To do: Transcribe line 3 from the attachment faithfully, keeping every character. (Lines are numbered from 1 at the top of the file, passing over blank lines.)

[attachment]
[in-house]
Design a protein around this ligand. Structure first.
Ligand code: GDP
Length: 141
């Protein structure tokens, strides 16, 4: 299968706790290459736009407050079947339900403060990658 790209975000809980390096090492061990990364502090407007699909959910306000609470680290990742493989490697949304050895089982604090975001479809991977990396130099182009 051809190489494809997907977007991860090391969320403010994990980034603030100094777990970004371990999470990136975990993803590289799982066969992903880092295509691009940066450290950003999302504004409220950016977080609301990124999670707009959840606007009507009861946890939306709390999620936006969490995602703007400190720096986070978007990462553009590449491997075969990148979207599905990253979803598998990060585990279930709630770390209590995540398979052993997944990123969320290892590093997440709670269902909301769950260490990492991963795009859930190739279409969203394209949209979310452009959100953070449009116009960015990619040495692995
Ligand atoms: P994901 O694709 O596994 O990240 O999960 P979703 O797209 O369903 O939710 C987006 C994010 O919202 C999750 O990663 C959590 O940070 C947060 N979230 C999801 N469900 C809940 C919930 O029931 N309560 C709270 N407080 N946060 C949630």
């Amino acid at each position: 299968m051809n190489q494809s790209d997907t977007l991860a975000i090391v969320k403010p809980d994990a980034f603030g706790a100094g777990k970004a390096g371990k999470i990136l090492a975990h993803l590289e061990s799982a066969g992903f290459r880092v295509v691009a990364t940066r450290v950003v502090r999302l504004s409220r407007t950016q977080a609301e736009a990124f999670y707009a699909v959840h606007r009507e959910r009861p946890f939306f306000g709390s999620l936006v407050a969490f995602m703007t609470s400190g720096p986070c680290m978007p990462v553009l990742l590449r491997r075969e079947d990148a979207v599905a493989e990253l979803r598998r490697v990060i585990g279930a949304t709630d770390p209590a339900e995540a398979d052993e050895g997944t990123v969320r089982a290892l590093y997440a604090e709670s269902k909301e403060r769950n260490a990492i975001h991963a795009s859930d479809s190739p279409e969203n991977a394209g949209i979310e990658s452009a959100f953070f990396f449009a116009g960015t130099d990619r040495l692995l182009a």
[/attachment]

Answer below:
Ligand code: GDP